Forgot your password?
typodupeerror

Comment: Re:Article shows fundamental lack of understanding (Score 5, Insightful) 180

by disambiguated (#47916019) Attached to: Why Apple Should Open-Source Swift -- But Won't
You're both wrong/right. In order to supplant Objective-C, Swift would have to play well with the bazillion lines of Objective-C, and coexist with it for possibly a very long time. On the other hand, even if Apple "could not be more clear" that swift is built to supplant Objective-C, that doesn't mean it will succeed, and doesn't mean Apple won't change their mind. It's a gamble and they certainly know it. They keep that to themselves in order to encourage you to drink the cool-aid.

See also: Microsoft and .NET

Comment: Re:How do you measure the entropy of life? (Score 1) 211

by disambiguated (#47876123) Attached to: Information Theory Places New Limits On Origin of Life
"essence of life" is an interesting choice of words. Here, read this.

Here's a few choice quotes:

Although now rejected by mainstream science, vitalism has a long history...

Vitalism is no longer philosophically and scientifically viable...

By 1931, "Biologists have almost unanimously abandoned vitalism as an acknowledged belief."

Comment: Re:How do you measure the entropy of life? (Score 1) 211

by disambiguated (#47875699) Attached to: Information Theory Places New Limits On Origin of Life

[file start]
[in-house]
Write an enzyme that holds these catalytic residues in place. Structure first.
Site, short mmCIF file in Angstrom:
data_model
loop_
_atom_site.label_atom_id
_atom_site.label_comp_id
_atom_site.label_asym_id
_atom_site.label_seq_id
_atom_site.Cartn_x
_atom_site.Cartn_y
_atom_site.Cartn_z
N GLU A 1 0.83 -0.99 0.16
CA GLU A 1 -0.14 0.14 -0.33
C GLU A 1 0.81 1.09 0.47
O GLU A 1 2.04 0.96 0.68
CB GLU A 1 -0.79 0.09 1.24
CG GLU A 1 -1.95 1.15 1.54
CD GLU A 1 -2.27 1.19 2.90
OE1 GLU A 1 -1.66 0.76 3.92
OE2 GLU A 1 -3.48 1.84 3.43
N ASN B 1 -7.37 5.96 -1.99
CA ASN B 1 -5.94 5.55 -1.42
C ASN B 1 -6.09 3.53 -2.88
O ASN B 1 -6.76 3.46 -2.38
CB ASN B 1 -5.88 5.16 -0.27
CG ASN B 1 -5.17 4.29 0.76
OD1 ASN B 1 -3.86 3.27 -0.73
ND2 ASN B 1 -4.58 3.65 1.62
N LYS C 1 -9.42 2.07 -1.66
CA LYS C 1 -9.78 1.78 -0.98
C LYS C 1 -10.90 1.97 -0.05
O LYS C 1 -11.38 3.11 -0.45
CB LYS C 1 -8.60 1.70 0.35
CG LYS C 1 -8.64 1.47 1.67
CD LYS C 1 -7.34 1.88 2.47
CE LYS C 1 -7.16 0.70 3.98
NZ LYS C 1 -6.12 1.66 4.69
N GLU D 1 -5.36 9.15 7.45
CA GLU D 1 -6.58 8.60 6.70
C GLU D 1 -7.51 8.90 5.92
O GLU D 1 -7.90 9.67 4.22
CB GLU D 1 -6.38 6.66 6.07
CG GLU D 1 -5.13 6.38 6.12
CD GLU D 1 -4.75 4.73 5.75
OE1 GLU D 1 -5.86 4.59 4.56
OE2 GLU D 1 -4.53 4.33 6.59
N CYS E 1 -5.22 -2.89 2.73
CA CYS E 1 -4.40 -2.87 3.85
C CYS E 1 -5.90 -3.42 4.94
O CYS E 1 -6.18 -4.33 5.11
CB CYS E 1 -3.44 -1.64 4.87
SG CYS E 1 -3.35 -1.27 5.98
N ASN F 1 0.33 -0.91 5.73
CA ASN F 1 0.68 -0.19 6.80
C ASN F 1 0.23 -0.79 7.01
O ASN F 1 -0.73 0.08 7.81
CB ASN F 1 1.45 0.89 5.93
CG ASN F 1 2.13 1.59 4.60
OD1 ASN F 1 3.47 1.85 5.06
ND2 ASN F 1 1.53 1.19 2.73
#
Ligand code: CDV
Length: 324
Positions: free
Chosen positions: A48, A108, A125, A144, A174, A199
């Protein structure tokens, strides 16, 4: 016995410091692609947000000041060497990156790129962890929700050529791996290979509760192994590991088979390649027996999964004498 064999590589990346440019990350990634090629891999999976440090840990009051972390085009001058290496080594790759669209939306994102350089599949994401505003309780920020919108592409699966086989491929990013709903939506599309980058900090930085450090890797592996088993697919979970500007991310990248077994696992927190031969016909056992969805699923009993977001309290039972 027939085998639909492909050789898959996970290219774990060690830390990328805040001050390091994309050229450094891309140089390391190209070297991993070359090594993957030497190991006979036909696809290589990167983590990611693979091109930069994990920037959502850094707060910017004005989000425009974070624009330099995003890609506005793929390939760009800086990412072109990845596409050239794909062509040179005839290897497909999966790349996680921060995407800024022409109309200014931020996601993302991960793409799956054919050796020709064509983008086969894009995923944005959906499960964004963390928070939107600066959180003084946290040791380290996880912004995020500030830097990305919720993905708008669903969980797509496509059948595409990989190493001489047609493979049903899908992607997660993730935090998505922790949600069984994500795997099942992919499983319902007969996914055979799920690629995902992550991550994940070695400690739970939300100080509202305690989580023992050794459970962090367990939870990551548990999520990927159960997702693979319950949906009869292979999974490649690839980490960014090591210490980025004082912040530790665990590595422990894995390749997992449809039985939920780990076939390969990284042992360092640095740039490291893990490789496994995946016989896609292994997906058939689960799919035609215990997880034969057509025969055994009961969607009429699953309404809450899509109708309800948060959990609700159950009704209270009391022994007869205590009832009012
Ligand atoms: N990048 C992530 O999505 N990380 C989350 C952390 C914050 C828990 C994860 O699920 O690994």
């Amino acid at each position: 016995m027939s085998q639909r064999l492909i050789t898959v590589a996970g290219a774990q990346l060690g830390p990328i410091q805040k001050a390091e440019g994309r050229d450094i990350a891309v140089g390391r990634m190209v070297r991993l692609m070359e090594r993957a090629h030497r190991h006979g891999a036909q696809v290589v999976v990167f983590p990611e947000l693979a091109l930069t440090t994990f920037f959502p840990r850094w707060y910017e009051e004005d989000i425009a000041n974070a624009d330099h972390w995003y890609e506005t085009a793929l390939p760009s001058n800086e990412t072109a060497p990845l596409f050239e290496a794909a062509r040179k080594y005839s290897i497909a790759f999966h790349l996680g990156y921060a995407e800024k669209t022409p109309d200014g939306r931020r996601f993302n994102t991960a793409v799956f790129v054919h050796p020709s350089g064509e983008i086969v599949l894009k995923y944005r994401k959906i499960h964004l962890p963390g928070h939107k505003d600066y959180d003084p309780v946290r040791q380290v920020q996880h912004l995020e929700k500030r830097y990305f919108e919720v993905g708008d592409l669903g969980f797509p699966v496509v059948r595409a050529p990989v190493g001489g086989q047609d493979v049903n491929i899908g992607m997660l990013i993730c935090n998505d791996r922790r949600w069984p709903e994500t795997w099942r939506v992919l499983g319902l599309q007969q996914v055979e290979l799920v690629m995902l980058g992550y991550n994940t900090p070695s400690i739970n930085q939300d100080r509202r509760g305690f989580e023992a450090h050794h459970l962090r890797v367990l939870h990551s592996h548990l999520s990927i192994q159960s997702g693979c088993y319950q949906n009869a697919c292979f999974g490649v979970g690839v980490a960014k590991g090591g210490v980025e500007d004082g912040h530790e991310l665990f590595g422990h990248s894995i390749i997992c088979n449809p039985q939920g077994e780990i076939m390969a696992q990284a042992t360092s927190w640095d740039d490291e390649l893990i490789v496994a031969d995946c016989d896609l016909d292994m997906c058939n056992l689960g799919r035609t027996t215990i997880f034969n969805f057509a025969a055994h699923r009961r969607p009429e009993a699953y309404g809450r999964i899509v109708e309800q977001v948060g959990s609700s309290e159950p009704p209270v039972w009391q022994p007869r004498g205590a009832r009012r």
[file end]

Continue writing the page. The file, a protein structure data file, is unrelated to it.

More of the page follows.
Life is not one of the great scientific unknowns. Live and dead mice are not indistinguishable. No one today expects microbes to spontaneously come into being. Creating life from scratch is a technical problem, not a theoretical one. If stating so is pedantic then so be it.

Comment: Re:When can we stop selling party balloons (Score 2) 296

by disambiguated (#47869967) Attached to: WD Announces 8TB, 10TB Helium Hard Drives
I suppose it's going to be a while before we run out of alpha emitters. So the Wikipedia page is wrong then, when it says Helium is a finite resource. Last time I trust Wikipedia (yeah right:).

You said it slowly dissipates into space. That means the rate it leaves the atmosphere is low, so the rate it is replenished is low, and that's the limiting extraction rate.

According to this (that didn't take long), the rate Helium leaves the atmosphere is 50g/s, or 3e5 cm^3/s. The National Helium Reserve is 1e9 m^3. So, extracting all of the Helium from the atmosphere before it escapes, it would take 1e9 m^3 / (3e5 cm^3/s), or over 100 years to replace the reserves.

But extracting all of it is hopelessly unrealistic. I don't know, but it seems even 1% would be ambitious. So now we're looking at tens of thousands of years.

So either the national reserve is ridiculously large, or removing it from the atmosphere is not going to be a solution to the shortage. Right? Or am I missing something (else)?

Time sharing: The use of many people by the computer.

Working...